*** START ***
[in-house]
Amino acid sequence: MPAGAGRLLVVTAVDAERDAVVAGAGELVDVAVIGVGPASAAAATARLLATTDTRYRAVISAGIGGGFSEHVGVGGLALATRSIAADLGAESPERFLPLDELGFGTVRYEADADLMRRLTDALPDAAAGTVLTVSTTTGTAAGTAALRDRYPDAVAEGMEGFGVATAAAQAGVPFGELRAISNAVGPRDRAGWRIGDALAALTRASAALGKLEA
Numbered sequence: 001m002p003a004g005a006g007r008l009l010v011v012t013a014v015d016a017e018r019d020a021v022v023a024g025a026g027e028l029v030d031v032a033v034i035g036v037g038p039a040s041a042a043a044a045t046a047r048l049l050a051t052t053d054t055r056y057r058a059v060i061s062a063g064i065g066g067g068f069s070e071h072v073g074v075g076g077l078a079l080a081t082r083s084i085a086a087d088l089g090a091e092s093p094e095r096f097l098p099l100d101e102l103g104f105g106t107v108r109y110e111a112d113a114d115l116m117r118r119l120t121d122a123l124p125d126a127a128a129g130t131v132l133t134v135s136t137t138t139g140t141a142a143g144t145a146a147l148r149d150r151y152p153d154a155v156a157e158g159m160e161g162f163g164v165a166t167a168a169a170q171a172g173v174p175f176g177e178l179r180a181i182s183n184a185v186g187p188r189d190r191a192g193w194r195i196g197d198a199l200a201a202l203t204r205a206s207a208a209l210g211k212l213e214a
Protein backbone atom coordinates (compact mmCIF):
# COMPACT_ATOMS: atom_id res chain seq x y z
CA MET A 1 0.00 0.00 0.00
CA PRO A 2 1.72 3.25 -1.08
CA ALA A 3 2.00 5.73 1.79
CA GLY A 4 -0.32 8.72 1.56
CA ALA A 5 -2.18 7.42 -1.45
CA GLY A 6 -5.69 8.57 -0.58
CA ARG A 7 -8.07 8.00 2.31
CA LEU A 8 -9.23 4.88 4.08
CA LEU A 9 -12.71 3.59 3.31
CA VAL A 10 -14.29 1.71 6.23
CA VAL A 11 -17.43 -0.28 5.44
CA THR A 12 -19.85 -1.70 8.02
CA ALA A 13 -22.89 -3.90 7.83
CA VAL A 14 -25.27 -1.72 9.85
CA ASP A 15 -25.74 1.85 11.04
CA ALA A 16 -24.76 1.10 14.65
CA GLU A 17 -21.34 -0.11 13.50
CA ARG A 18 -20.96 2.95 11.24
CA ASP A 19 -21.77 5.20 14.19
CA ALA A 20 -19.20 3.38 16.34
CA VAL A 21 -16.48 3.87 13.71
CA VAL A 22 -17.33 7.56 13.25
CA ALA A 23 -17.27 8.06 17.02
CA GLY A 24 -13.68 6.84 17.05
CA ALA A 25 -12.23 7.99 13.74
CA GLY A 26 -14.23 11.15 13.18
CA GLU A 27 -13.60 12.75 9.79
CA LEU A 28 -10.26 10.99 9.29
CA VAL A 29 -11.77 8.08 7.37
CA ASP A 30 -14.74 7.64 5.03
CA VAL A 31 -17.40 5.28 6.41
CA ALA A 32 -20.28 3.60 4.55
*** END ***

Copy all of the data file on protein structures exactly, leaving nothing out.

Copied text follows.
[in-house]
Amino acid sequence: MPAGAGRLLVVTAVDAERDAVVAGAGELVDVAVIGVGPASAAAATARLLATTDTRYRAVISAGIGGGFSEHVGVGGLALATRSIAADLGAESPERFLPLDELGFGTVRYEADADLMRRLTDALPDAAAGTVLTVSTTTGTAAGTAALRDRYPDAVAEGMEGFGVATAAAQAGVPFGELRAISNAVGPRDRAGWRIGDALAALTRASAALGKLEA
Numbered sequence: 001m002p003a004g005a006g007r008l009l010v011v012t013a014v015d016a017e018r019d020a021v022v023a024g025a026g027e028l029v030d031v032a033v034i035g036v037g038p039a040s041a042a043a044a045t046a047r048l049l050a051t052t053d054t055r056y057r058a059v060i061s062a063g064i065g066g067g068f069s070e071h072v073g074v075g076g077l078a079l080a081t082r083s084i085a086a087d088l089g090a091e092s093p094e095r096f097l098p099l100d101e102l103g104f105g106t107v108r109y110e111a112d113a114d115l116m117r118r119l120t121d122a123l124p125d126a127a128a129g130t131v132l133t134v135s136t137t138t139g140t141a142a143g144t145a146a147l148r149d150r151y152p153d154a155v156a157e158g159m160e161g162f163g164v165a166t167a168a169a170q171a172g173v174p175f176g177e178l179r180a181i182s183n184a185v186g187p188r189d190r191a192g193w194r195i196g197d198a199l200a201a202l203t204r205a206s207a208a209l210g211k212l213e214a
Protein backbone atom coordinates (compact mmCIF):
# COMPACT_ATOMS: atom_id res chain seq x y z
CA MET A 1 0.00 0.00 0.00
CA PRO A 2 1.72 3.25 -1.08
CA ALA A 3 2.00 5.73 1.79
CA GLY A 4 -0.32 8.72 1.56
CA ALA A 5 -2.18 7.42 -1.45
CA GLY A 6 -5.69 8.57 -0.58
CA ARG A 7 -8.07 8.00 2.31
CA LEU A 8 -9.23 4.88 4.08
CA LEU A 9 -12.71 3.59 3.31
CA VAL A 10 -14.29 1.71 6.23
CA VAL A 11 -17.43 -0.28 5.44
CA THR A 12 -19.85 -1.70 8.02
CA ALA A 13 -22.89 -3.90 7.83
CA VAL A 14 -25.27 -1.72 9.85
CA ASP A 15 -25.74 1.85 11.04
CA ALA A 16 -24.76 1.10 14.65
CA GLU A 17 -21.34 -0.11 13.50
CA ARG A 18 -20.96 2.95 11.24
CA ASP A 19 -21.77 5.20 14.19
CA ALA A 20 -19.20 3.38 16.34
CA VAL A 21 -16.48 3.87 13.71
CA VAL A 22 -17.33 7.56 13.25
CA ALA A 23 -17.27 8.06 17.02
CA GLY A 24 -13.68 6.84 17.05
CA ALA A 25 -12.23 7.99 13.74
CA GLY A 26 -14.23 11.15 13.18
CA GLU A 27 -13.60 12.75 9.79
CA LEU A 28 -10.26 10.99 9.29
CA VAL A 29 -11.77 8.08 7.37
CA ASP A 30 -14.74 7.64 5.03
CA VAL A 31 -17.40 5.28 6.41
CA ALA A 32 -20.28 3.60 4.55